Delay of Game


The folks that were planning to make the move into the new Mirabella community that is planned on the big 15 acre site, or Parkview Plaza received a letter a few weeks ago announcing that the project is going to experience a delay for at least a year due to our current economic climate. The sales staff isn’t functioning there anymore and the folks who have made deposits are entitled to change their minds at this point and get refunds.

I guess the cynical part of me thinks, Oh no…is this thing ever going to happen? I really do hope so. It’s understandable that in this environment, obtaining financing and boldly moving forward with projects the size of this one could be delayed. I’ve been on record as favoring this project, it’s going to be great for the community…and I’m tired of that big vacant lot! This artist’s depiction sure makes the project look good, doesn’t it? Anyway, here’s a link to a San Mateo County Times story about this delay:



  1. Wow, I didn’t know the buildings were going to be that tall.

  2. Jim Minkey says:

    14 stories on the tallest one. More square footage was added to make them profitable for the developer. Pretty wild, huh?

  3. After several delays, let us see what the city officials would say about their decisions. What they are arguing is simply untrue.

  4. Jim Minkey says:

    Not sure what you mean Alex, could you please explain?

  5. “At this point in time I think it’s just another victim of the economic crisis that’s happening. I’m not surprised, given what’s going on out there,” Koelling said. “But I’m not concerned long-term.”

    Remember how much san mateo county is losing from lehman brothers? The county officials still claims that the company is fine until the collapse. But, everyone knows now that Fed prepared the leh’s death since the beginning of 2008.

    I smells that this is the beginning of another victim. But, long-term wise, the project would not make foster city more competitive: do we really miss this at foster city?

  6. This is good news about the delay of the “Mega Plex”. We don’t need it and certainly can’t afford it at this point.

  7. Jim Minkey says:

    In terms of the City “affording” it? They aren’t spending money to have that place on that property … in fact, they stand to earn $2.1 million.

    By the way, the Planning Commission reviewed the financial impact report of the Mirabella project. Net revenue to the City, EXCLUDING the lease income, would be about $100k per year. That uses very conservative figures on sales tax generation.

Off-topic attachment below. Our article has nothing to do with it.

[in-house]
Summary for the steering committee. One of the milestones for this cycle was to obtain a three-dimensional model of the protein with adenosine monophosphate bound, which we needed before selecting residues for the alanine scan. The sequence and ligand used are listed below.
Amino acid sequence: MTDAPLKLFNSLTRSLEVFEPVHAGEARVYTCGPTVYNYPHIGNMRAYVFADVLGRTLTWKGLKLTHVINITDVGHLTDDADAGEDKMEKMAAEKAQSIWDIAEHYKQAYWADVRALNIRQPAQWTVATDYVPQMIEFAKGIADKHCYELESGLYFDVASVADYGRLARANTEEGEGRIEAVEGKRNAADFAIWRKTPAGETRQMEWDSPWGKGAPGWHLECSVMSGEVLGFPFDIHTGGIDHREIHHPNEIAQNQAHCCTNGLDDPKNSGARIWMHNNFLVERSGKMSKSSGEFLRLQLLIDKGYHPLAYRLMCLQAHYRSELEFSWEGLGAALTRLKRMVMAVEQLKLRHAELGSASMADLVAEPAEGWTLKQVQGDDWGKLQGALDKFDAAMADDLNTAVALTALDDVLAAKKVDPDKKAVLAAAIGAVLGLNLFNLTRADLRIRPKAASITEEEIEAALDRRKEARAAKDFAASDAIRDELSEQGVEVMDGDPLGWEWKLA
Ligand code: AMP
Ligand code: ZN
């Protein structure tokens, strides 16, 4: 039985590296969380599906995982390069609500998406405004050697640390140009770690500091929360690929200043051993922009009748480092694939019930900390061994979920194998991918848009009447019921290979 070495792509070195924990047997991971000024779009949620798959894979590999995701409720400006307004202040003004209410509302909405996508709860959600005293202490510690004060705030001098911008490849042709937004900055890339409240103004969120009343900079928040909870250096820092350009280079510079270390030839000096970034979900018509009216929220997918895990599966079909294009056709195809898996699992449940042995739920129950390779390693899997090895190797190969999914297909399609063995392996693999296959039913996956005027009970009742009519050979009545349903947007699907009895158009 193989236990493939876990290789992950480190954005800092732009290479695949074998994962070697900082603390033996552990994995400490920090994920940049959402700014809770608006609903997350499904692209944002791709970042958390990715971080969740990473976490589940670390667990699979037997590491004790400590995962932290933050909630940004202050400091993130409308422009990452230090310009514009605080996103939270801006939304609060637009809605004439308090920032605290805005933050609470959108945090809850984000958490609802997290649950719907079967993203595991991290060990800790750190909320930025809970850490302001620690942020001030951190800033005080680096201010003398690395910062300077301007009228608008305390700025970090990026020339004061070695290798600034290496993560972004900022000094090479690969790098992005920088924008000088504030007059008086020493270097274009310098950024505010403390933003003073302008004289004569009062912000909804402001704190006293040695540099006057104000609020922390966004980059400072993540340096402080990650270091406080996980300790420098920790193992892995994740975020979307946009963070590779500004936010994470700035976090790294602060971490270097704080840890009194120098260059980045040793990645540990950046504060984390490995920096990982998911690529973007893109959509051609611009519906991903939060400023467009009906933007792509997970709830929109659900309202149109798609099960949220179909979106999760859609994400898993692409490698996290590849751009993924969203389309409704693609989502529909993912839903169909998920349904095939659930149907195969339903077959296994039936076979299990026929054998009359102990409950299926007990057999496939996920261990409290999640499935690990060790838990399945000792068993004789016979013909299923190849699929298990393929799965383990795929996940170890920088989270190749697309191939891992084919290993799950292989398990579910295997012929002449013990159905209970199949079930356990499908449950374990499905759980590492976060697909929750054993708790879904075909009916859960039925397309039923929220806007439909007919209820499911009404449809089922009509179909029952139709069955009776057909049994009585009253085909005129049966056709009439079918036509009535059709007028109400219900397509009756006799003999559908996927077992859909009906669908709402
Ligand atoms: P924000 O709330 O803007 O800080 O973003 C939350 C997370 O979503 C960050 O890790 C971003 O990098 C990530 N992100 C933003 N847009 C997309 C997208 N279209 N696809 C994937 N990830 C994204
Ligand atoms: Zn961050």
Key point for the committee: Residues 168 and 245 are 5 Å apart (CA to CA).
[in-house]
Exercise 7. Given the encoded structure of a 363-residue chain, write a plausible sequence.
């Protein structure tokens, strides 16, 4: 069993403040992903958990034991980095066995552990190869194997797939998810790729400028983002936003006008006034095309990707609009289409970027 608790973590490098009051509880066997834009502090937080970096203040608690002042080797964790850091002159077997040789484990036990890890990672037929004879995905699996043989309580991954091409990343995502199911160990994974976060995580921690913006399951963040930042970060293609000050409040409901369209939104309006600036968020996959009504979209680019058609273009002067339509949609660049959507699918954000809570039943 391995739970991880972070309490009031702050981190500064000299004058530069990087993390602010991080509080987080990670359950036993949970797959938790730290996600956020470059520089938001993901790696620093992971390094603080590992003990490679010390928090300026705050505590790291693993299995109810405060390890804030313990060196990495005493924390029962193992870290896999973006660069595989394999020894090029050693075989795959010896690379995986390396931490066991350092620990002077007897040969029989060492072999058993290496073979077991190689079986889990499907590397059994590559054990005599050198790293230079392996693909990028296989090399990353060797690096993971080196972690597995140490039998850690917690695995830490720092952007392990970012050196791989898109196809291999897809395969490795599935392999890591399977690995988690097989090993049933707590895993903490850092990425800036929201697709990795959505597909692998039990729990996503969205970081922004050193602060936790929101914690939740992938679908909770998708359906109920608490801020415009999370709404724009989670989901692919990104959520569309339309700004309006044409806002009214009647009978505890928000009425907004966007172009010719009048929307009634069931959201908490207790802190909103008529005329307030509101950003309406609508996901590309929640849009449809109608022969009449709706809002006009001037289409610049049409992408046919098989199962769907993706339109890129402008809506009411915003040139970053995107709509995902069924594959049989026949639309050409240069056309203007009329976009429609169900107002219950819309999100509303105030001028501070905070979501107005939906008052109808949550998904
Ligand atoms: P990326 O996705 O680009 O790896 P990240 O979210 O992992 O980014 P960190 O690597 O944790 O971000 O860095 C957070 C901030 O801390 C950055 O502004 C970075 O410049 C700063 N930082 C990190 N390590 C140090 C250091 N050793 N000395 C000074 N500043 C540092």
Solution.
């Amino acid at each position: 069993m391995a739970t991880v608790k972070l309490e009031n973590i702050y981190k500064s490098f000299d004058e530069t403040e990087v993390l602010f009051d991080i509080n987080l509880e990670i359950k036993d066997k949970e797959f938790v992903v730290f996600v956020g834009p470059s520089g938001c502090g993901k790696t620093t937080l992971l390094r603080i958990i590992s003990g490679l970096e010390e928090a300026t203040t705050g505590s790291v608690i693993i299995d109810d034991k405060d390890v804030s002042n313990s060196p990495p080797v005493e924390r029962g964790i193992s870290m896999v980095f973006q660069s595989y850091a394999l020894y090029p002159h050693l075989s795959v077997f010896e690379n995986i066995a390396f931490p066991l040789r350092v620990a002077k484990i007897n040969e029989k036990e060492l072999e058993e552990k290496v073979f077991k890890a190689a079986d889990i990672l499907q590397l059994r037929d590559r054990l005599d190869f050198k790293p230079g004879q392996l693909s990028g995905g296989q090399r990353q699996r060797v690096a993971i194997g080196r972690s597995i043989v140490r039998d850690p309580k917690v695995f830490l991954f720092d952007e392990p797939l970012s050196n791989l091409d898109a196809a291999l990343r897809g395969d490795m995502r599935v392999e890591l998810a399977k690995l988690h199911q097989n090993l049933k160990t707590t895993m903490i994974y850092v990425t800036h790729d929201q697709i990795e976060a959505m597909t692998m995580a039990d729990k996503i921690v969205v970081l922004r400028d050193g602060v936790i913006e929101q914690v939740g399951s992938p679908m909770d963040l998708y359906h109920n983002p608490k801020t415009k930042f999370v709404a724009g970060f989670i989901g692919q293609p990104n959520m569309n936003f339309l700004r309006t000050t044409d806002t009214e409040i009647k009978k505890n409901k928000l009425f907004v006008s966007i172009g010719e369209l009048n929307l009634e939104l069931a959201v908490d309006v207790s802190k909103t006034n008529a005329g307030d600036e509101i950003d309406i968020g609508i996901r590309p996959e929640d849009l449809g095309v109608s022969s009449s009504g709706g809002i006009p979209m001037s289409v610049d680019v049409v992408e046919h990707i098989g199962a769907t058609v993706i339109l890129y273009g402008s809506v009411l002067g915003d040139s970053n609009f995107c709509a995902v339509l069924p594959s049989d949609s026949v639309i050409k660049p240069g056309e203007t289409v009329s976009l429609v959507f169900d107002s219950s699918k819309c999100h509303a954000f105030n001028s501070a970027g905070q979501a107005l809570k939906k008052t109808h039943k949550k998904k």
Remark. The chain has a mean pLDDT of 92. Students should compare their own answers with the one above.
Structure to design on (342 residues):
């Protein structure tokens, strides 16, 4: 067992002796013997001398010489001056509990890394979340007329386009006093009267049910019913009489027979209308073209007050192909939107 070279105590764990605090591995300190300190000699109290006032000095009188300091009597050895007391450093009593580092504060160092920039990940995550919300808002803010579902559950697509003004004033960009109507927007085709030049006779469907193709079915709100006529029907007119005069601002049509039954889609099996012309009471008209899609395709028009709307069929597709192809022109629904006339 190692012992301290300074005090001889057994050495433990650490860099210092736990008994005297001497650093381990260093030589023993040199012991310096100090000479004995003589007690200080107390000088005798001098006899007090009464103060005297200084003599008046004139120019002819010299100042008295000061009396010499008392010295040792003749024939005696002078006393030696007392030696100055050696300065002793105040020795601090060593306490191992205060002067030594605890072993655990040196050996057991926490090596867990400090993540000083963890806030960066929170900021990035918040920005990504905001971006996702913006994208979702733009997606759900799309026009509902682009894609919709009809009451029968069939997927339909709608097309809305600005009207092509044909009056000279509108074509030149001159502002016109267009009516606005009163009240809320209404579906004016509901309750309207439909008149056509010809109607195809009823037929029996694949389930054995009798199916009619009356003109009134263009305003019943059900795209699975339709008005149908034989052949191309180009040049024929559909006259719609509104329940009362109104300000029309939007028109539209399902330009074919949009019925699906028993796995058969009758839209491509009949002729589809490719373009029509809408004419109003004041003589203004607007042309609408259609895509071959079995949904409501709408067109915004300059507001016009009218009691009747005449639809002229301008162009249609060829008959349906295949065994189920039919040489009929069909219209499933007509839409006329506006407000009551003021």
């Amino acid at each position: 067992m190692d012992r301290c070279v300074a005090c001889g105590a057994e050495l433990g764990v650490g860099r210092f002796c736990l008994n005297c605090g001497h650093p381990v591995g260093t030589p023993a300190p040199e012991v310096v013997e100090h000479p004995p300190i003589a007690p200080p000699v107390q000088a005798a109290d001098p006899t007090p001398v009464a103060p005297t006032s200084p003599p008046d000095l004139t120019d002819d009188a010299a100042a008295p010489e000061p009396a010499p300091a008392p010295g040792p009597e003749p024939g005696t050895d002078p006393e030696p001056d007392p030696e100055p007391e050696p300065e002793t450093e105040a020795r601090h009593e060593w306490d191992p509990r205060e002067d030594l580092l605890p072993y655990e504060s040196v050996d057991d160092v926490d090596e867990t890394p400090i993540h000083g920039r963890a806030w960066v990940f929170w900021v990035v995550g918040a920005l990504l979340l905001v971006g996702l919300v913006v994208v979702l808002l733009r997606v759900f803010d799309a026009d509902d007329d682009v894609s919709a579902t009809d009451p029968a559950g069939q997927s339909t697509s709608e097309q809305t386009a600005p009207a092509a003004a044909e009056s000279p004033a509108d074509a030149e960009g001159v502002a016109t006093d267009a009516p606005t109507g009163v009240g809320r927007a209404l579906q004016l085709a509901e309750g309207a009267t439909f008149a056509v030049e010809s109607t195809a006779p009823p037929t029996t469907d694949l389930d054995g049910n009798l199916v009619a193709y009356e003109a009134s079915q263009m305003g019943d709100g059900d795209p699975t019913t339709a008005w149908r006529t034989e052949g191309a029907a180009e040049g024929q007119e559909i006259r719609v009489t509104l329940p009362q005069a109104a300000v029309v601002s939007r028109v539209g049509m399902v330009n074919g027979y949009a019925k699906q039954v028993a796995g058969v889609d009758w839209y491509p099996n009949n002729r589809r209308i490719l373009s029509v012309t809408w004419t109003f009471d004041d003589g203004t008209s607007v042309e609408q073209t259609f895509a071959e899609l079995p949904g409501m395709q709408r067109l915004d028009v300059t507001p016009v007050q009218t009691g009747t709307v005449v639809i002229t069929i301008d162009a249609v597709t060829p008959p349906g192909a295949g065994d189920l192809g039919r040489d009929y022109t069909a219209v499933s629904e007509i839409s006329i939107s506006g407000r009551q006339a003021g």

I don’t know? Is a vacant lot preferable?

  8. Vacant lot is preferable because it brings opportunity for what might be a better use of the land.

    Seriously how many foster city residents will really benefit from Mirabella? I’m not that old.

    Foster city is financially sound. It does not require so much revenue from this land.

  9. SteveTinFC says:

    That’s not quite entirely true, Lisa. In our now-published 5-year forecast for FY 2009-2010 through 2013-2014, given the economic downturn and the impact it has had on our property and sales tax revenues, combined with the expected increases in employment costs in 2011-12 and beyond, unless this economy rebounds in a remarkable way (which I don’t think any of us expect), we are projecting over a $2 million shortfall per year starting in 2010-2011 over the next five years. This all assumes that we maintain our current levels of service (in other words, we don’t cut staff or services enjoyed by the community at the present time). The forecast also assumes that we do not raise any taxes … sales tax, property tax, utility tax, or transient occupancy (hotel) tax, like so many other cities are doing presently. That forecast also assumes that Pilgrim-Triton and Gilead Sciences projects will move forward based upon their current plans within the 5-year horizon, but does NOT make any assumptions about the Mirabella project moving forward in the next five years (to be conservative).

    So, if the vacant land were to remain as such, the City is projecting over a $2 million annual shortfall starting in FY 2010-2011. We have been very blessed financially based upon sound decisions made by current and former Councilmembers and staff. We have the reserves to weather this economic storm, but the City will need to make sound financial choices in the future, including its choices in the use of its assets.

    The Council will review the 5-year forecast and the preliminary FY 2009-2010 budget at its budget study session on May 11.

    Steve Toler
    Administrative Services Director and Budget Director

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